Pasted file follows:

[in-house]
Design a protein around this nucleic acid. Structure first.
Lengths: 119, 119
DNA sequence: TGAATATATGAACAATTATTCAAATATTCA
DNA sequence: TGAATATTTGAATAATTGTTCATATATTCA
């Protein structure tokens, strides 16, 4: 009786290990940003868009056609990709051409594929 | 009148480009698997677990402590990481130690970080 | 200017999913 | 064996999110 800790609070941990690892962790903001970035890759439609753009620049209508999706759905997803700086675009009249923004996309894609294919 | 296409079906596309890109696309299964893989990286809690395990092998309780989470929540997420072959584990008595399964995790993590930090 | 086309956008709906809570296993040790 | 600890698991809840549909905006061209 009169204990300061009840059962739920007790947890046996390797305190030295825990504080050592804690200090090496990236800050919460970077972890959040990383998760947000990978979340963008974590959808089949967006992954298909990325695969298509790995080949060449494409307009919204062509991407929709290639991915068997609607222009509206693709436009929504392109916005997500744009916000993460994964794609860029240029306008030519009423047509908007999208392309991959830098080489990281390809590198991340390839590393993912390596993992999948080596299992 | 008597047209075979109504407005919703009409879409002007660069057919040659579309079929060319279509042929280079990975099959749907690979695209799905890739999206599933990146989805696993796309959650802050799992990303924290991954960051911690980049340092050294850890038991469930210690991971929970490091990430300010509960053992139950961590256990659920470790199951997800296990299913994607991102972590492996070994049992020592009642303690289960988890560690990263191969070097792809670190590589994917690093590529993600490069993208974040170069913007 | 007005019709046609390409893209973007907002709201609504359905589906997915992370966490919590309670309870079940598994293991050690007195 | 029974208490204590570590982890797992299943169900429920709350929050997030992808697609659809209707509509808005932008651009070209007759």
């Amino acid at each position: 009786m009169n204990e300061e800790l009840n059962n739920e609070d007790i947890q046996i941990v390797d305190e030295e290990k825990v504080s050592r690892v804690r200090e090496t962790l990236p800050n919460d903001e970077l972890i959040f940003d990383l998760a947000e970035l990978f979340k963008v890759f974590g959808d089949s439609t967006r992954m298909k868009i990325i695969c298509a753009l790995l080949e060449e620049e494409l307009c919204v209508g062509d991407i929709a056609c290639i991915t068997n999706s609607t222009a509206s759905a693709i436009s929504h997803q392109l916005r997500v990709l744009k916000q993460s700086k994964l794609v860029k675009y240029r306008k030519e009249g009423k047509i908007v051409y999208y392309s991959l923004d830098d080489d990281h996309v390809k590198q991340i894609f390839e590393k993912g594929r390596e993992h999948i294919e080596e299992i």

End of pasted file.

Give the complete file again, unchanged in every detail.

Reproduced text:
[in-house]
Design a protein around this nucleic acid. Structure first.
Lengths: 119, 119
DNA sequence: TGAATATATGAACAATTATTCAAATATTCA
DNA sequence: TGAATATTTGAATAATTGTTCATATATTCA
């Protein structure tokens, strides 16, 4: 009786290990940003868009056609990709051409594929 | 009148480009698997677990402590990481130690970080 | 200017999913 | 064996999110 800790609070941990690892962790903001970035890759439609753009620049209508999706759905997803700086675009009249923004996309894609294919 | 296409079906596309890109696309299964893989990286809690395990092998309780989470929540997420072959584990008595399964995790993590930090 | 086309956008709906809570296993040790 | 600890698991809840549909905006061209 009169204990300061009840059962739920007790947890046996390797305190030295825990504080050592804690200090090496990236800050919460970077972890959040990383998760947000990978979340963008974590959808089949967006992954298909990325695969298509790995080949060449494409307009919204062509991407929709290639991915068997609607222009509206693709436009929504392109916005997500744009916000993460994964794609860029240029306008030519009423047509908007999208392309991959830098080489990281390809590198991340390839590393993912390596993992999948080596299992 | 008597047209075979109504407005919703009409879409002007660069057919040659579309079929060319279509042929280079990975099959749907690979695209799905890739999206599933990146989805696993796309959650802050799992990303924290991954960051911690980049340092050294850890038991469930210690991971929970490091990430300010509960053992139950961590256990659920470790199951997800296990299913994607991102972590492996070994049992020592009642303690289960988890560690990263191969070097792809670190590589994917690093590529993600490069993208974040170069913007 | 007005019709046609390409893209973007907002709201609504359905589906997915992370966490919590309670309870079940598994293991050690007195 | 029974208490204590570590982890797992299943169900429920709350929050997030992808697609659809209707509509808005932008651009070209007759």
């Amino acid at each position: 009786m009169n204990e300061e800790l009840n059962n739920e609070d007790i947890q046996i941990v390797d305190e030295e290990k825990v504080s050592r690892v804690r200090e090496t962790l990236p800050n919460d903001e970077l972890i959040f940003d990383l998760a947000e970035l990978f979340k963008v890759f974590g959808d089949s439609t967006r992954m298909k868009i990325i695969c298509a753009l790995l080949e060449e620049e494409l307009c919204v209508g062509d991407i929709a056609c290639i991915t068997n999706s609607t222009a509206s759905a693709i436009s929504h997803q392109l916005r997500v990709l744009k916000q993460s700086k994964l794609v860029k675009y240029r306008k030519e009249g009423k047509i908007v051409y999208y392309s991959l923004d830098d080489d990281h996309v390809k590198q991340i894609f390839e590393k993912g594929r390596e993992h999948i294919e080596e299992i």